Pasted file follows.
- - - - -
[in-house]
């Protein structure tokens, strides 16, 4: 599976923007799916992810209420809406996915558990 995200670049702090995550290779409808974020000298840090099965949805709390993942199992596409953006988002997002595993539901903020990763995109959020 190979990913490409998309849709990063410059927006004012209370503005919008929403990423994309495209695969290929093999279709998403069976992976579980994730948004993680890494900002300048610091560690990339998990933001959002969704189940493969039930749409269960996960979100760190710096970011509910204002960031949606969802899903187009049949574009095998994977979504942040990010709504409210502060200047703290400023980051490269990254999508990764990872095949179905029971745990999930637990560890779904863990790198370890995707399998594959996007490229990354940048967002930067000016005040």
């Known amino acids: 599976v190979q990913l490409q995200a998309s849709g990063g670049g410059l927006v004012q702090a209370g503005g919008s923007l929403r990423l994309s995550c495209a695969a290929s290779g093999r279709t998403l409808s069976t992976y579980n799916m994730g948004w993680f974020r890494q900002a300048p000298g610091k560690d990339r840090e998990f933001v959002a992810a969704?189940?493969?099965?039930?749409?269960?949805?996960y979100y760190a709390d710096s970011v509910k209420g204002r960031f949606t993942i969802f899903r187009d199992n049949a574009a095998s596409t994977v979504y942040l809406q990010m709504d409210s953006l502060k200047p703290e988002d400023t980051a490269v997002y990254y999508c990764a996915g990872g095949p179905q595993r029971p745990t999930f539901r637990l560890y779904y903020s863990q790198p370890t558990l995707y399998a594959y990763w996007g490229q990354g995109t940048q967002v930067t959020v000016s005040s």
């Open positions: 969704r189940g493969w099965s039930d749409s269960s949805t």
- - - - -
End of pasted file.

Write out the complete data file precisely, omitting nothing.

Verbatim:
[in-house]
């Protein structure tokens, strides 16, 4: 599976923007799916992810209420809406996915558990 995200670049702090995550290779409808974020000298840090099965949805709390993942199992596409953006988002997002595993539901903020990763995109959020 190979990913490409998309849709990063410059927006004012209370503005919008929403990423994309495209695969290929093999279709998403069976992976579980994730948004993680890494900002300048610091560690990339998990933001959002969704189940493969039930749409269960996960979100760190710096970011509910204002960031949606969802899903187009049949574009095998994977979504942040990010709504409210502060200047703290400023980051490269990254999508990764990872095949179905029971745990999930637990560890779904863990790198370890995707399998594959996007490229990354940048967002930067000016005040």
């Known amino acids: 599976v190979q990913l490409q995200a998309s849709g990063g670049g410059l927006v004012q702090a209370g503005g919008s923007l929403r990423l994309s995550c495209a695969a290929s290779g093999r279709t998403l409808s069976t992976y579980n799916m994730g948004w993680f974020r890494q900002a300048p000298g610091k560690d990339r840090e998990f933001v959002a992810a969704?189940?493969?099965?039930?749409?269960?949805?996960y979100y760190a709390d710096s970011v509910k209420g204002r960031f949606t993942i969802f899903r187009d199992n049949a574009a095998s596409t994977v979504y942040l809406q990010m709504d409210s953006l502060k200047p703290e988002d400023t980051a490269v997002y990254y999508c990764a996915g990872g095949p179905q595993r029971p745990t999930f539901r637990l560890y779904y903020s863990q790198p370890t558990l995707y399998a594959y990763w996007g490229q990354g995109t940048q967002v930067t959020v000016s005040s």
């Open positions: 969704r189940g493969w099965s039930d749409s269960s949805t």